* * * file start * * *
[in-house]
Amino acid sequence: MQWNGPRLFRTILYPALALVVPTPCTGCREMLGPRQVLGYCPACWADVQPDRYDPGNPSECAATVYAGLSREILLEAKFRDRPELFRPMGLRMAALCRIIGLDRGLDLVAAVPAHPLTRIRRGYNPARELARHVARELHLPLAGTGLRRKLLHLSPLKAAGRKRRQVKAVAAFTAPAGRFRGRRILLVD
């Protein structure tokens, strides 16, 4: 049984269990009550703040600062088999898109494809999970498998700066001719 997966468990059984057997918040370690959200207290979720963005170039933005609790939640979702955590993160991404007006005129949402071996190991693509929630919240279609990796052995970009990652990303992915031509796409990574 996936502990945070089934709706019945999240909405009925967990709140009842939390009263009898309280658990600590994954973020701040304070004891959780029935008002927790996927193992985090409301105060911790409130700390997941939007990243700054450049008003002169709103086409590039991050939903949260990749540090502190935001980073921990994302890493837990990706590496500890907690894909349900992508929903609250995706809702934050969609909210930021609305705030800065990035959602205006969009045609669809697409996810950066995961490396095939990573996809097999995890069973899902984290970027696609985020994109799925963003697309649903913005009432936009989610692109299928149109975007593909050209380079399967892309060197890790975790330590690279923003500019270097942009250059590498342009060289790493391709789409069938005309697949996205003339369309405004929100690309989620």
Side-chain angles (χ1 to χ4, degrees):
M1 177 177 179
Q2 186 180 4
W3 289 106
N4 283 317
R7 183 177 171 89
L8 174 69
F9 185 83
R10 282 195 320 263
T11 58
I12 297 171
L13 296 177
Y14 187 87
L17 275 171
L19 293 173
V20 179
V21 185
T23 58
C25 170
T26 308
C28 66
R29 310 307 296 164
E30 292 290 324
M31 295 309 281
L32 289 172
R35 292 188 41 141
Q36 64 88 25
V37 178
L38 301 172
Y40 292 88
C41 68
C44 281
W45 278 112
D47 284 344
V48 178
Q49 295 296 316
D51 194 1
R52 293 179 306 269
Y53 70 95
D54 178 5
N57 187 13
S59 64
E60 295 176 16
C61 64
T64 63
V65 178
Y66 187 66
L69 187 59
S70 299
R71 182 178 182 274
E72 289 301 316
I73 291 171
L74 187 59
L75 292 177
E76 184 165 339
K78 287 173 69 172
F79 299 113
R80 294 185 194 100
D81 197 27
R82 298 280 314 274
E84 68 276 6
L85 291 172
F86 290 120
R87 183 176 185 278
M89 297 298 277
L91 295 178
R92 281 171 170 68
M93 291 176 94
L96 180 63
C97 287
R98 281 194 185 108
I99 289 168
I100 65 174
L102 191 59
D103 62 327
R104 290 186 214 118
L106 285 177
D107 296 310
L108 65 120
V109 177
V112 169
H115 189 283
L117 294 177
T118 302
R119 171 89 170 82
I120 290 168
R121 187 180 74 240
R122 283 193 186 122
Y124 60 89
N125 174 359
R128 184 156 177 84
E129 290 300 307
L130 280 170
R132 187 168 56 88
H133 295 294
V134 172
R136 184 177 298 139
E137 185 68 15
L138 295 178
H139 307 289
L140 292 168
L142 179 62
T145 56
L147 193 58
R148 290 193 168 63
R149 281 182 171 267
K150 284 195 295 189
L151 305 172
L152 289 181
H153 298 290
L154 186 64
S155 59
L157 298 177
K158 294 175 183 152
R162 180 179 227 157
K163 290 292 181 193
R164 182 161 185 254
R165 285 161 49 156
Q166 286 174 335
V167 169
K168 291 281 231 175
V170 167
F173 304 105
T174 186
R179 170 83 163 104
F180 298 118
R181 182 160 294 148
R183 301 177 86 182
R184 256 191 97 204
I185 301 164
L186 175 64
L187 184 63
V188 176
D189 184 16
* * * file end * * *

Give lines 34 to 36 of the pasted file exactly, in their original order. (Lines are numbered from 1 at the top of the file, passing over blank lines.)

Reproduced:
C41 68
C44 281
W45 278 112